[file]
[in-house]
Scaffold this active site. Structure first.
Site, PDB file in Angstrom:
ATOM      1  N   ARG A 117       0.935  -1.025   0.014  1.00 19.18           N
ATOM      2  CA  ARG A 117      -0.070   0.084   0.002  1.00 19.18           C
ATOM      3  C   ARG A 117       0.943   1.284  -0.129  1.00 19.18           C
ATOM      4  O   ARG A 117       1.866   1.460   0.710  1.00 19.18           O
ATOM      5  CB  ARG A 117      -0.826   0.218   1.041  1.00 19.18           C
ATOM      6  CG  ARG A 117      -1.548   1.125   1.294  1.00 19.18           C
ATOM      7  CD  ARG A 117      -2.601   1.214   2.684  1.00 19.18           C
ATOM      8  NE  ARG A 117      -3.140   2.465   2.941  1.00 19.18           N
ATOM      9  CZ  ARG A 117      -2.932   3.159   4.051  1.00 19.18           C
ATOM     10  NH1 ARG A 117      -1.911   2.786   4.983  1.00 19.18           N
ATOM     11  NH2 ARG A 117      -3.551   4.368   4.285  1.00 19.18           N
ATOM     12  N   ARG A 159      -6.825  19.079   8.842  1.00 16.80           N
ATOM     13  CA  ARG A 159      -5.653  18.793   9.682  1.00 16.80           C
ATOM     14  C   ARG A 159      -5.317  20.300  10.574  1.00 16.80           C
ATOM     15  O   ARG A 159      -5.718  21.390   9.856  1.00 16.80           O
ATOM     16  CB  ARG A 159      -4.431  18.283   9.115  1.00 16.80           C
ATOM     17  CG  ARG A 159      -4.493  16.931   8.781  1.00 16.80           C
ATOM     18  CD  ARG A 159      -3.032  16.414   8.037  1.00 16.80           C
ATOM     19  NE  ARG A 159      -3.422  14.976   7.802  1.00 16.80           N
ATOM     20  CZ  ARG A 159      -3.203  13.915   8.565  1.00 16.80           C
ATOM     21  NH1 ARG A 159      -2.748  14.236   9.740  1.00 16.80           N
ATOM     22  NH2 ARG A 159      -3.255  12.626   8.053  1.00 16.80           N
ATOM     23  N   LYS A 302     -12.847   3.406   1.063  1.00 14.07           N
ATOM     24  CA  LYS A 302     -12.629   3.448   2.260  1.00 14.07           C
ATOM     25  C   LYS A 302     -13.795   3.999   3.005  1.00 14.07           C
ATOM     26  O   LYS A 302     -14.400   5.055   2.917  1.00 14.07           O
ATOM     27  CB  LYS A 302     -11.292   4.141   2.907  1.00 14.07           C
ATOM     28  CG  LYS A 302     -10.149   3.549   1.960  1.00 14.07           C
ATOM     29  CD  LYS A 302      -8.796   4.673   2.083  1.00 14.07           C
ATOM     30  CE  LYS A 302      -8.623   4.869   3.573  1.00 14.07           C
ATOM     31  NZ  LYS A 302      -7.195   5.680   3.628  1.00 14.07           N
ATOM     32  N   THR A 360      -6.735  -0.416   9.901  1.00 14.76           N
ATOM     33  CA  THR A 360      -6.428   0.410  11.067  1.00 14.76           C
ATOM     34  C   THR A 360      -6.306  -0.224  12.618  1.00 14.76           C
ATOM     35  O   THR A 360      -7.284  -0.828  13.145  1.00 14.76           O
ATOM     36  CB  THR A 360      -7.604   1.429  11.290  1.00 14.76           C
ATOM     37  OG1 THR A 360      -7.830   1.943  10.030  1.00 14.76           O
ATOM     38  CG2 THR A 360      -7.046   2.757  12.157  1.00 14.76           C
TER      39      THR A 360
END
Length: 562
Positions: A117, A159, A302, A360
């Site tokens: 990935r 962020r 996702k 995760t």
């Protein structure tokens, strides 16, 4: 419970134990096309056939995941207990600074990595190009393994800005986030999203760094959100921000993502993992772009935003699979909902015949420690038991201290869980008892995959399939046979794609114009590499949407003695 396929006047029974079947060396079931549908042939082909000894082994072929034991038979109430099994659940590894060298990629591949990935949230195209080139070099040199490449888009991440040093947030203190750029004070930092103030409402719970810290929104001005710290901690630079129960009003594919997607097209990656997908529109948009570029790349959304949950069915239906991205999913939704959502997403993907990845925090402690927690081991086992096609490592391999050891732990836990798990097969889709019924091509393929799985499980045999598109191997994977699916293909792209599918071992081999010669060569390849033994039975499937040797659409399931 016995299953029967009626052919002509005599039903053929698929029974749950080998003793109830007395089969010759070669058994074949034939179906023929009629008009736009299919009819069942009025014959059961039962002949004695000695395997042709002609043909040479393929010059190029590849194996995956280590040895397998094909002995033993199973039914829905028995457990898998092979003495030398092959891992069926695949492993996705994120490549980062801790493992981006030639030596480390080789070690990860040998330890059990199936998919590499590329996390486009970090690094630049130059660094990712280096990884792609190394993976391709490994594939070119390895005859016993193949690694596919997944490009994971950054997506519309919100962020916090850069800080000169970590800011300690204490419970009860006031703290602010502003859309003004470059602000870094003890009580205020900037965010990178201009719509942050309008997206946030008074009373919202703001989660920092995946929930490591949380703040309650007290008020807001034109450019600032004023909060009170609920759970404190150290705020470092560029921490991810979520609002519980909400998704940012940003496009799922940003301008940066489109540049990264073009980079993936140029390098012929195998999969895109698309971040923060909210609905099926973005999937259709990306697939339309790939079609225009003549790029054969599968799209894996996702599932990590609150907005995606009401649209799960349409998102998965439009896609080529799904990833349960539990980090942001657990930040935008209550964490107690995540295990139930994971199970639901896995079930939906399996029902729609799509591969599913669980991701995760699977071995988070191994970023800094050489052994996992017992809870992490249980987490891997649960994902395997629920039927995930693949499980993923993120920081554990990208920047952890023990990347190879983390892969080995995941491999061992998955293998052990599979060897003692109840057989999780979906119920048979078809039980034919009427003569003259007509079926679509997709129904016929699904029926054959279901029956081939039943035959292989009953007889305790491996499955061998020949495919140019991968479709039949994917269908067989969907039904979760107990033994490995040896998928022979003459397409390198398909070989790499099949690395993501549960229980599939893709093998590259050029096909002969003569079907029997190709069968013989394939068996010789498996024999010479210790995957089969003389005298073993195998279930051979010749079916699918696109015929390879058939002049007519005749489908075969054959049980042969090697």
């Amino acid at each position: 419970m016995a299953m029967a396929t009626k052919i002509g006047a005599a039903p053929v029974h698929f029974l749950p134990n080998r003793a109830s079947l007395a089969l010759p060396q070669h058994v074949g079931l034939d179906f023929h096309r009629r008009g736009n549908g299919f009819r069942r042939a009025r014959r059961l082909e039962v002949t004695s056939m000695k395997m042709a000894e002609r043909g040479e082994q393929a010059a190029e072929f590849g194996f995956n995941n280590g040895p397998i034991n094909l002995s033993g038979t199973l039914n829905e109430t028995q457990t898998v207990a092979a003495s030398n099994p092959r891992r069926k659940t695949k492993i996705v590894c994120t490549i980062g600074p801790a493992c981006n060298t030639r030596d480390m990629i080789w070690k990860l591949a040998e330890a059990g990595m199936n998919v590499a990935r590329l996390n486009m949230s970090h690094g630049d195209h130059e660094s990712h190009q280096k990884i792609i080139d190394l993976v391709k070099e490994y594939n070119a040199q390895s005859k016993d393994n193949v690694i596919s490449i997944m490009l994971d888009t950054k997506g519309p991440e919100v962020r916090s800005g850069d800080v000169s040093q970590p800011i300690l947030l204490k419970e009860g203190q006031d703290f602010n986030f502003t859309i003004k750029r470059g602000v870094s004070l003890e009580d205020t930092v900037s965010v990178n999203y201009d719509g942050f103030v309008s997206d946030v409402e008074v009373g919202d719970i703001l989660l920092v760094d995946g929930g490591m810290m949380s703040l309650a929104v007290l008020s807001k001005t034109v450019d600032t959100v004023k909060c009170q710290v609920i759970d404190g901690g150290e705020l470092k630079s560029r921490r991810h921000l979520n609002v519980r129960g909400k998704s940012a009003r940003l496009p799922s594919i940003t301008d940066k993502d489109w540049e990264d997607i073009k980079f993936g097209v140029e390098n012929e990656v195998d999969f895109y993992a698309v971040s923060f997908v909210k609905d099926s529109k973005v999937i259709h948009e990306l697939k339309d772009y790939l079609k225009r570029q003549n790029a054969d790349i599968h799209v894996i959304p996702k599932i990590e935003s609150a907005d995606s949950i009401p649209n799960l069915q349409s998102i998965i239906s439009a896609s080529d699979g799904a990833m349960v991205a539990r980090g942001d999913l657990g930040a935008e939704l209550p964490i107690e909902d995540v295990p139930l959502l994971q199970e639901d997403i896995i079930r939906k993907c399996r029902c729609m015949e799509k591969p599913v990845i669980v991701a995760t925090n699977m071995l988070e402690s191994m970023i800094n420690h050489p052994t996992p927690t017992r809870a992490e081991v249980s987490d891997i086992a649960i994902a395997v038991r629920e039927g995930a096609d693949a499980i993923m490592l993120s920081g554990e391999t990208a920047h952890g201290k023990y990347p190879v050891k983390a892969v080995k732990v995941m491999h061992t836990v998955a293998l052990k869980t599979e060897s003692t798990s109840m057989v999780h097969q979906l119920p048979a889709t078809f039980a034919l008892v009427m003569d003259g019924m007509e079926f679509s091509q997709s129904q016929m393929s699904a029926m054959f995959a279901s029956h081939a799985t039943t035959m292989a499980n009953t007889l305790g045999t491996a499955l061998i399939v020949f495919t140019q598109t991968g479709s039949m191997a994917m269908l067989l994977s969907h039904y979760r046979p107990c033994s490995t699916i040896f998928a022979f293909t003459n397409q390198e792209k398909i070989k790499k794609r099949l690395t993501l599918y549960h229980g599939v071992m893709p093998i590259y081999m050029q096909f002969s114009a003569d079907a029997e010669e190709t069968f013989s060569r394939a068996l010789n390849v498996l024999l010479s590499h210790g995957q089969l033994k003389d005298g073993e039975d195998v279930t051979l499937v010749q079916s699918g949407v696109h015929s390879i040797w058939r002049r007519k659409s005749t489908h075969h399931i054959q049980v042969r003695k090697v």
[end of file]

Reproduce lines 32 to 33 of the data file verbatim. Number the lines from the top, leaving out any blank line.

ATOM     29  CD  LYS A 302      -8.796   4.673   2.083  1.00 14.07           C
ATOM     30  CE  LYS A 302      -8.623   4.869   3.573  1.00 14.07           C